But why would a brewer invest to install a recipe-based control system such as Siemens’ Braumat 7.0 – slated for a global launch in 2014 – in terms of beer quality, time and money savings?
Where it updates a current Siemens system, Braumat 7.0 will feature recipe generation and control, allow operators to reproduce process flows and log batches, and automate material flow controls.
Saint Louis Brewery case study
A Siemens 2013 case study from the Saint Louis Brewery (see the video below) shows that the brewer achieved a 30% efficiency gain in terms of daily production of its Schlafly Beer brand after fitting a Braumat Compact system in 2013, and was better-placed to track quality issues.
“Without a recipe-based control system, someone has to open and close valves, switch on and off motors, take samples from the process vessels etc. manually,” Dirk Grafe, industry manager Brewery Automation at Siemens told BeverageDaily.com.
He noted that only a few operators are needed in a fully automated brewery – to man a control room – while data can be stored in archives to compare and adjust at a later date.
“The process is driven with comparable parameters. The possibilities for someone to make mistakes in steps like dosing, weighing etc. are all limited and will be further reduced by the control system,” Grafe said.
Clearly breweries can’t dispense with trained personnel, but increased ease of use for plant operators is a real focus area for Siemens.
“It’s very important – in particular in growth markets like Asia and Africa, as well as in the craft brewing scene, you will find by the majority semi-skilled people,” Grafe told this website.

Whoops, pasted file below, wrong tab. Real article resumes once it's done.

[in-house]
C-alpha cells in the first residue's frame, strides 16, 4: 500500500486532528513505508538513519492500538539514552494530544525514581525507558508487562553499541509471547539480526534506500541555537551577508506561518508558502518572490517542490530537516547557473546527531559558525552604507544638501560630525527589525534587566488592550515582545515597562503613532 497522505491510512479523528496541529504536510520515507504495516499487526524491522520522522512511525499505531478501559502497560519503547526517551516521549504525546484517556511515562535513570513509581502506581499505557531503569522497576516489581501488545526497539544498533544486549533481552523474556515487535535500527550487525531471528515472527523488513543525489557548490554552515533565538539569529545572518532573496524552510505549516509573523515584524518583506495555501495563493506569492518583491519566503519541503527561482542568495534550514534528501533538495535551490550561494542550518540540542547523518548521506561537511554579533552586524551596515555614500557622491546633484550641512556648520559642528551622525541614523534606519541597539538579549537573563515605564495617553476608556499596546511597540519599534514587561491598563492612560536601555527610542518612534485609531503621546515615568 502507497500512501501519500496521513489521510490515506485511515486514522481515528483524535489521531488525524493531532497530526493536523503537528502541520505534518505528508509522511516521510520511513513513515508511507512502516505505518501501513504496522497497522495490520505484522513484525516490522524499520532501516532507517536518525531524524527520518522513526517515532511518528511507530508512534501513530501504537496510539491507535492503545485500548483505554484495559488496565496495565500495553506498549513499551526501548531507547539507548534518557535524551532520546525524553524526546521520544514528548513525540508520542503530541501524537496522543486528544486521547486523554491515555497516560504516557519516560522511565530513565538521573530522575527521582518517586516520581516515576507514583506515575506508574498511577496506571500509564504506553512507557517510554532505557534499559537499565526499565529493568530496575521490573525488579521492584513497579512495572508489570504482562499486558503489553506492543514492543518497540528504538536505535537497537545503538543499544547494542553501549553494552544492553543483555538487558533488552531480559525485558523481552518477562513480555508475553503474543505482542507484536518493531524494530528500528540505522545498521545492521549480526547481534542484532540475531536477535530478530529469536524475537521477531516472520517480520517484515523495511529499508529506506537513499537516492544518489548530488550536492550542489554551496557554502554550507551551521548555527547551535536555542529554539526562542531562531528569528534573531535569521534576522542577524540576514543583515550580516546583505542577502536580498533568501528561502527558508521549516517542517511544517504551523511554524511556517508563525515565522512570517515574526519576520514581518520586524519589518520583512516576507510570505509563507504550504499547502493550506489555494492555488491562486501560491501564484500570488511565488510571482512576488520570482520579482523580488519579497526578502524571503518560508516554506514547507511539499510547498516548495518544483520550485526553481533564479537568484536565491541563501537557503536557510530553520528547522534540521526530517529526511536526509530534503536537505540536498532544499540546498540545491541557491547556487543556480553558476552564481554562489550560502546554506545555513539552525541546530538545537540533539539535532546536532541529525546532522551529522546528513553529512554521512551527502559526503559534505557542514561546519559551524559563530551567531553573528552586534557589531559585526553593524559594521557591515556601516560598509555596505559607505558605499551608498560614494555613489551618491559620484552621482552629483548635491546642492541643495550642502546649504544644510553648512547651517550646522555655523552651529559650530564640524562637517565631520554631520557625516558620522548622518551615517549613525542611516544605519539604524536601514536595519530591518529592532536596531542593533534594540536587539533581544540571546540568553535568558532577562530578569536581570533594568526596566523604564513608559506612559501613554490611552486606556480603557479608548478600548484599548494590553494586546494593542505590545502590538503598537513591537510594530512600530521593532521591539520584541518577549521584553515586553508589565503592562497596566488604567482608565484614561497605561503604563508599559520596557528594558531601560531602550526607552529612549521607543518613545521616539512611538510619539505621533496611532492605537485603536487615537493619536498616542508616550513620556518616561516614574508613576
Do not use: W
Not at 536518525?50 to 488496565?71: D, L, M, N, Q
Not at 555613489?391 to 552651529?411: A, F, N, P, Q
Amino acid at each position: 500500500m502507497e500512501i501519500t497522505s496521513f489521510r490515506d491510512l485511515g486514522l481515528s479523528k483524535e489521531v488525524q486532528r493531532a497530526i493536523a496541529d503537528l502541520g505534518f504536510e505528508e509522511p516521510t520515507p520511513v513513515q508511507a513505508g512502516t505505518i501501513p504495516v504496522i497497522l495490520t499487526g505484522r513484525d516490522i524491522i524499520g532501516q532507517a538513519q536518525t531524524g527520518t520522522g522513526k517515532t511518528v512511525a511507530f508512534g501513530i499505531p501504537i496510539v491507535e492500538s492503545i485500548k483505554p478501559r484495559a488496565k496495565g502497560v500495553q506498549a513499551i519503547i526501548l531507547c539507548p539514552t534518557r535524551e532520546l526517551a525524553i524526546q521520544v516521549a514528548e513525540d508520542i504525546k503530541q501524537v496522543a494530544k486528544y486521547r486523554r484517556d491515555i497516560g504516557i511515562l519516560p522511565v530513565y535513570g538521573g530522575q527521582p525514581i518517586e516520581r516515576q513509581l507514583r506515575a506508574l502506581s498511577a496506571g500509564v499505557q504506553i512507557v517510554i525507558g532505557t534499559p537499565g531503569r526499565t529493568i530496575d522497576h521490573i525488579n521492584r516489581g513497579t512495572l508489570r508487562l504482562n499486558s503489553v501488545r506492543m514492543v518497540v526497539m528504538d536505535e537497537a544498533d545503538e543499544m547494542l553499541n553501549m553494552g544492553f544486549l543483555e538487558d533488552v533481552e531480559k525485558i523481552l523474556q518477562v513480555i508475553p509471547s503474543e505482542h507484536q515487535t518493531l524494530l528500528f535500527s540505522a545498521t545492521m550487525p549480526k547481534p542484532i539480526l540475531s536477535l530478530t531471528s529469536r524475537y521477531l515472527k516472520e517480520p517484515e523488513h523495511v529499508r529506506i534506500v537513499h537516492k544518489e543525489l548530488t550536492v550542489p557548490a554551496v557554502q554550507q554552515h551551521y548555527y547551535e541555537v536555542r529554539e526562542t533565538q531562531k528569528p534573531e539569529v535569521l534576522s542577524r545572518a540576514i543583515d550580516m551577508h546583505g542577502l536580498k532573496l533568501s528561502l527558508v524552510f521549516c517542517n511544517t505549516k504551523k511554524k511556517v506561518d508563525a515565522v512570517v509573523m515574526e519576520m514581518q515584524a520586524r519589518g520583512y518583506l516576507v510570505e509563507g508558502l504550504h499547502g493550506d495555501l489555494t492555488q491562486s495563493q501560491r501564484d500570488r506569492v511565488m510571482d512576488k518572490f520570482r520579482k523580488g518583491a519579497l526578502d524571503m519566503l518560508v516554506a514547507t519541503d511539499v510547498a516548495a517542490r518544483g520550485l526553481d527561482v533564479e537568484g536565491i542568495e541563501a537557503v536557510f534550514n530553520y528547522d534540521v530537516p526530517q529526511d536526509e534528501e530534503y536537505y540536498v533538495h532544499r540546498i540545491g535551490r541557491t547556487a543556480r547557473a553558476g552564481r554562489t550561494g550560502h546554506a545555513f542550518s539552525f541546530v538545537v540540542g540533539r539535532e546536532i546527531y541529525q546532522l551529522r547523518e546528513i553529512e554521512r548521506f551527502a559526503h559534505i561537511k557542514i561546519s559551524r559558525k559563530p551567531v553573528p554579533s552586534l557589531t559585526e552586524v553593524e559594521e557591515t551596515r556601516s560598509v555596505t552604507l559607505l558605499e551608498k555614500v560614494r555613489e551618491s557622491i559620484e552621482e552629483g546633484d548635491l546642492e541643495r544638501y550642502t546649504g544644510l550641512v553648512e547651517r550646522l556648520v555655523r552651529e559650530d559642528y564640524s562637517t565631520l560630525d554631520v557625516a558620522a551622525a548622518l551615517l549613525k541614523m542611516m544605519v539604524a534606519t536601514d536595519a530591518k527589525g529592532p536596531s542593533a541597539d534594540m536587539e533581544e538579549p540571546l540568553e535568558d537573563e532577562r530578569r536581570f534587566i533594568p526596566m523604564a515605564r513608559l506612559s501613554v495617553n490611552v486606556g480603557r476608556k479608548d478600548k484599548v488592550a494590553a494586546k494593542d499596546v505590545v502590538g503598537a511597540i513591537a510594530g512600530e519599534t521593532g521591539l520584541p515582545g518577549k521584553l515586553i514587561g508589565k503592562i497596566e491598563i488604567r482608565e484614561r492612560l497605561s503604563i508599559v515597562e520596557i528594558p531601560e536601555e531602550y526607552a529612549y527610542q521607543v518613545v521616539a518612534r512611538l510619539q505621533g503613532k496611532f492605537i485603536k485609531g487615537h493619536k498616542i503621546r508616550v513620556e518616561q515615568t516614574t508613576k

“Every support a control system could deliver helps to avoid mistakes and maintain the efficiency of the facility as well as the quality of the product,” he added.
Craft brewing occupies a ‘special niche’
Grafe explained to BeverageDaily.com that nearly every brewery above a certain size uses process automation nowadays – from a simple Human Machine Interface (HMI) up to complete control systems including batch control, route control and interfaces to MIS.
Starting with PA 5100 in 1977, Siemens’ Braumat system has been continually updated since and is used in breweries worldwide.
“The biggest markets are the regions with the most new installations like the emerging markets in Asia, South America and Africa,” Grafe said, adding that Siemens’ systems were also used to modernize and revamp existing production capacity.
“The craft brewing segment is a special niche of the market where interesting potential exists for recipe-based systems,” he added.
“The focus right now is North America, but it seems probably that it will reach other markets as well.”